Why am I quoting a movie that cannot be more further away from reality? Because to take senior roles, you need to shift your thinking beyond technical intricacies. You have to start concentrating on the bigger picture as well. As you will see, there’s no single bigger picture either. So this warrants a need for a layered vision … like an onion.

Many different goals in an organization

Here’s a figure depicting different objectives/goals that exist when you’re working on a project. Remember that they all can shape the path you need to be navigating.

Goals work on different levels, the more across you are the more impactful your work will be (Image by Author)

Tactical vs strategic goals

These goals above would fall into one of these categories. Strategic goals would be long term (1+ years) goals and tactical goals would be short term goals to get you towards those strategic goals.

Why is it important to think in a layered way?

Let’s now see why it’s important to embrace this way of thinking.

– Say hi to the MVP mindset

When developing data-science product, you start with an MVP; a minimum viable product. Then during the journey to going from an MVP to a fully-fledged product, knowing goals at different levels, you’ll appreciate doing the bare minimum to get a product to the stakeholders. Now, I don’t mean delivering a partially functionally dashboard with a self-destruct button. I mean only developing features that are necessary.

– Assume the following scenario

Corporates pay big bucks to consultation companies to develop long-horizon goals and revise them regularly (e.g. yearly). Say you are at insurance company X and X sets the lofty goal of adopting machine learning across all the claims operations they have. After an year, the company realizes even with some ML solutions, there hasn’t been an uptick in claims officer efficiency.

After digging in, they realize, they are still using excel and word files to share data between many different parties involved. With a dashboard and a database, these processes can be standardized and have a single source of data. Now the strategic goal steps down from ML to “modernizing all claims operations”.

– That’s not good

What do you think is going to happen to that cool ML project you’ve been working on? The funding is going to go away and you and your team will soon be placed on something else. Now, if you are a person who had a layered understanding, here’s how you’d deal with it.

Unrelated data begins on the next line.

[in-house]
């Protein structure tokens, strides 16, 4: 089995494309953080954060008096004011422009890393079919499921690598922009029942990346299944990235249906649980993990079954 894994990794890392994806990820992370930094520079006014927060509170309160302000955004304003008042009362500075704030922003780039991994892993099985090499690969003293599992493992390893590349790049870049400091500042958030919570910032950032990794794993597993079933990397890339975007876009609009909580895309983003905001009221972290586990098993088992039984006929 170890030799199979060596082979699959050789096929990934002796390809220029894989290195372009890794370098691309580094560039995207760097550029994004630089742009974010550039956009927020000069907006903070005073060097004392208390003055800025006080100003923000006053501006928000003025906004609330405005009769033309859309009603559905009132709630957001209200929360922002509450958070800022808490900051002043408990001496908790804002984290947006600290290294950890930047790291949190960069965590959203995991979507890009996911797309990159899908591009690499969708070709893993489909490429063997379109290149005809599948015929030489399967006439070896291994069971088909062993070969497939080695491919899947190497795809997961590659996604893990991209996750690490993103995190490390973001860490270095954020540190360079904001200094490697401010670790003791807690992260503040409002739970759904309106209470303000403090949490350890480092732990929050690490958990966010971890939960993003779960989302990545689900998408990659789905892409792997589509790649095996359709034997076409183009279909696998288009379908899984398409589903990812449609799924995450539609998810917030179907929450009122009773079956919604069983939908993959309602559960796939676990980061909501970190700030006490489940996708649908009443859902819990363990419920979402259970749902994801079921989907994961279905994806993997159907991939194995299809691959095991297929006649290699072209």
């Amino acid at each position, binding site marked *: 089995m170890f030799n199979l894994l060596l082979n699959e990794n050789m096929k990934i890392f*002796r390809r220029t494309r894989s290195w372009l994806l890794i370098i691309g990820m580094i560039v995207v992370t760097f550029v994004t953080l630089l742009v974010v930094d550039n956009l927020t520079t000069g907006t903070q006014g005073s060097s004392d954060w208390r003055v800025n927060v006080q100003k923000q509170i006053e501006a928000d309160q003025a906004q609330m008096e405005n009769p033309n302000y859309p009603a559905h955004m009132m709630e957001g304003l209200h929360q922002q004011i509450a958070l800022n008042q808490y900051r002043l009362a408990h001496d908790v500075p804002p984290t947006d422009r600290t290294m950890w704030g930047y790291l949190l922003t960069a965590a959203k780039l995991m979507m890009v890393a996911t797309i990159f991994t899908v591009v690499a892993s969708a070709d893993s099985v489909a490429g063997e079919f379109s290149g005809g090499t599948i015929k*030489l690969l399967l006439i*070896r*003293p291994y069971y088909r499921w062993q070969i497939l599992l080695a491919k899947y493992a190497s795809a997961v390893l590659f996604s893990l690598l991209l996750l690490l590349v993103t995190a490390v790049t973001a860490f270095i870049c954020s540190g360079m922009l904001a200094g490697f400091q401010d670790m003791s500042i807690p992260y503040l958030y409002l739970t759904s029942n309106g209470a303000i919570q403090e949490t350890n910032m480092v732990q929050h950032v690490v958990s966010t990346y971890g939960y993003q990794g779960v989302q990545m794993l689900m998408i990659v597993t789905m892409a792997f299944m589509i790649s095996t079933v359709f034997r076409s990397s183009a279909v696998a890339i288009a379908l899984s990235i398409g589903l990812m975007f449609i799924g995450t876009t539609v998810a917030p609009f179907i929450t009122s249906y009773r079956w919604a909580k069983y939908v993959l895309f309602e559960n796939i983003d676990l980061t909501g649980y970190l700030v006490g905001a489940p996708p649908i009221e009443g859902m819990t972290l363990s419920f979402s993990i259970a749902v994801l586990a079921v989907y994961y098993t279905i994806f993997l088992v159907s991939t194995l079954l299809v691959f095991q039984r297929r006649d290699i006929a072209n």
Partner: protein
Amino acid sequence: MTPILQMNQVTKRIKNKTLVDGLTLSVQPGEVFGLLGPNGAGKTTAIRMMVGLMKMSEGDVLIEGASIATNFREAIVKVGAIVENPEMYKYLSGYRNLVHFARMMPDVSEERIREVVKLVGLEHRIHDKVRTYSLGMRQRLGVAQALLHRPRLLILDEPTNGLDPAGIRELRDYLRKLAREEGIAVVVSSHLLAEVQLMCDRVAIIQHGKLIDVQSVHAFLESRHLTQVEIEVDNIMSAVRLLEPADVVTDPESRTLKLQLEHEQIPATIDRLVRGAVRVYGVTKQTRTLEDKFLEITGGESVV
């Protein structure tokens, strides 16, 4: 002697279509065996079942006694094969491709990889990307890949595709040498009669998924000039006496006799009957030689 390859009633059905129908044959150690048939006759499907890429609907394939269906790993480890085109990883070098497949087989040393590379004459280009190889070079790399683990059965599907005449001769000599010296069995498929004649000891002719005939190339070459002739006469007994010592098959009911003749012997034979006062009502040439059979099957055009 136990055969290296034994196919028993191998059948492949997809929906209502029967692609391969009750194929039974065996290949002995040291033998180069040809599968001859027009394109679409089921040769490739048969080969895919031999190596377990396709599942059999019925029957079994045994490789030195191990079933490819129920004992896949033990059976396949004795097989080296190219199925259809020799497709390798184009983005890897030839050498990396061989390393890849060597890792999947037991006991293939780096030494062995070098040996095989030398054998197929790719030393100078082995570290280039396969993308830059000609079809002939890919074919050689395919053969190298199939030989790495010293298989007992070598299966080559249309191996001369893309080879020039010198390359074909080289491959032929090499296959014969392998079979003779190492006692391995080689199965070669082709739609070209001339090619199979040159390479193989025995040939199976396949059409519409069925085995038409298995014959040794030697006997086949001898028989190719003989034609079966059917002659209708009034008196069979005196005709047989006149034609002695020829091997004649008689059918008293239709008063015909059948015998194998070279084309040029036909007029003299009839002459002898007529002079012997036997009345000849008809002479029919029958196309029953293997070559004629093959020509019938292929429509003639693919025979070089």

1. First of all, you would have anticipated this much earlier (yeah, those town-hall meetings you multi-task through are important) and made contingency plans if things turn out this way.
  2. Secondly, your exit from project A will be a lot smoother — You have a few sprints to wrap things up. You’d create a simple end to end solution (maybe crossing out that advance ML model you promised and reverting to a set of business rules — until you can come back to this usecase of course). Because you have only done the minimum needed, the gaps and holes that you need to patch up will be a lot less serious compared to taking up on too many things and failing to deliver.

How do we get layered thinking into the sprint planning

First thing to realize is that, those goals that expand beyond your spring, are not there to revisit when it’s time to come up with new ones. They should be an active force that navigates your project. Therefore, it is important to think about them during the sprint plan. How can you do that?

– What should sprint planning look like?

I’m not sure what the best way is but, I used to follow the following method during planning.

  • Think about sprint goals (5 mins)
  • Think — do the sprint goals align with our goals in 3 months (5 mins)
  • Think — do the sprint goals align with our annual team goals/strategic vision (5mins)
  • Revise sprint goals as necessary
  • Break the sprint goals to tasks and sub tasks
  • Assign them to members and estimate efforts

So it only takes 15 minutes every two weeks but will make a huge difference. Other adopting this kind of thinking in your sprint plans, you could have different types of planning sessions. For example,

  • Sprint planning (Every 2 weeks)
  • Extended sprint planning (Every 3 months)
  • Strategic meetings (6 months)

To reiterate, this is something I found out to be working well from experience. But if there are more established/proven ways to make this work, feel free to use them.


That’s all I have to say. In summary here are the main takeaways.

  • Sprint planning is not just enough to get you from point A to point B
  • Don’t waste the sprint reviews. Consistently share updates with stakeholders and engage data scientists in these discussions
  • Adopt a layered thinking. When planning a sprint, allocate few minutes to think about the alignment of sprint goals with the bigger picture.